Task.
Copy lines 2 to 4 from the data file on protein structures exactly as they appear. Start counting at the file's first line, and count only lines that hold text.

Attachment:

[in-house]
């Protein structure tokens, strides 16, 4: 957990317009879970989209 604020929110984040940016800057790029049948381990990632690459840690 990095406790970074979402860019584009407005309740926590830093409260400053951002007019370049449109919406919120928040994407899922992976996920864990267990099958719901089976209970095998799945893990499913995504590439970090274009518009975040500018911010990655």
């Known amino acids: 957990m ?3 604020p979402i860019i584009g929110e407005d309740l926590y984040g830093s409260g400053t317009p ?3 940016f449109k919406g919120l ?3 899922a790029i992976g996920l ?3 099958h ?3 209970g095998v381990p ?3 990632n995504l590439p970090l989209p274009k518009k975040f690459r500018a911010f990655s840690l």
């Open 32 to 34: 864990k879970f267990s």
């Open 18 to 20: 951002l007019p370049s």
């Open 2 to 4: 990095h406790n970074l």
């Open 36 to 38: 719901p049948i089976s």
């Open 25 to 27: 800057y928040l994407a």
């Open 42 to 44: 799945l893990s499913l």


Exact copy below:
């Protein structure tokens, strides 16, 4: 957990317009879970989209 604020929110984040940016800057790029049948381990990632690459840690 990095406790970074979402860019584009407005309740926590830093409260400053951002007019370049449109919406919120928040994407899922992976996920864990267990099958719901089976209970095998799945893990499913995504590439970090274009518009975040500018911010990655």
């Known amino acids: 957990m ?3 604020p979402i860019i584009g929110e407005d309740l926590y984040g830093s409260g400053t317009p ?3 940016f449109k919406g919120l ?3 899922a790029i992976g996920l ?3 099958h ?3 209970g095998v381990p ?3 990632n995504l590439p970090l989209p274009k518009k975040f690459r500018a911010f990655s840690l």
């Open 32 to 34: 864990k879970f267990s």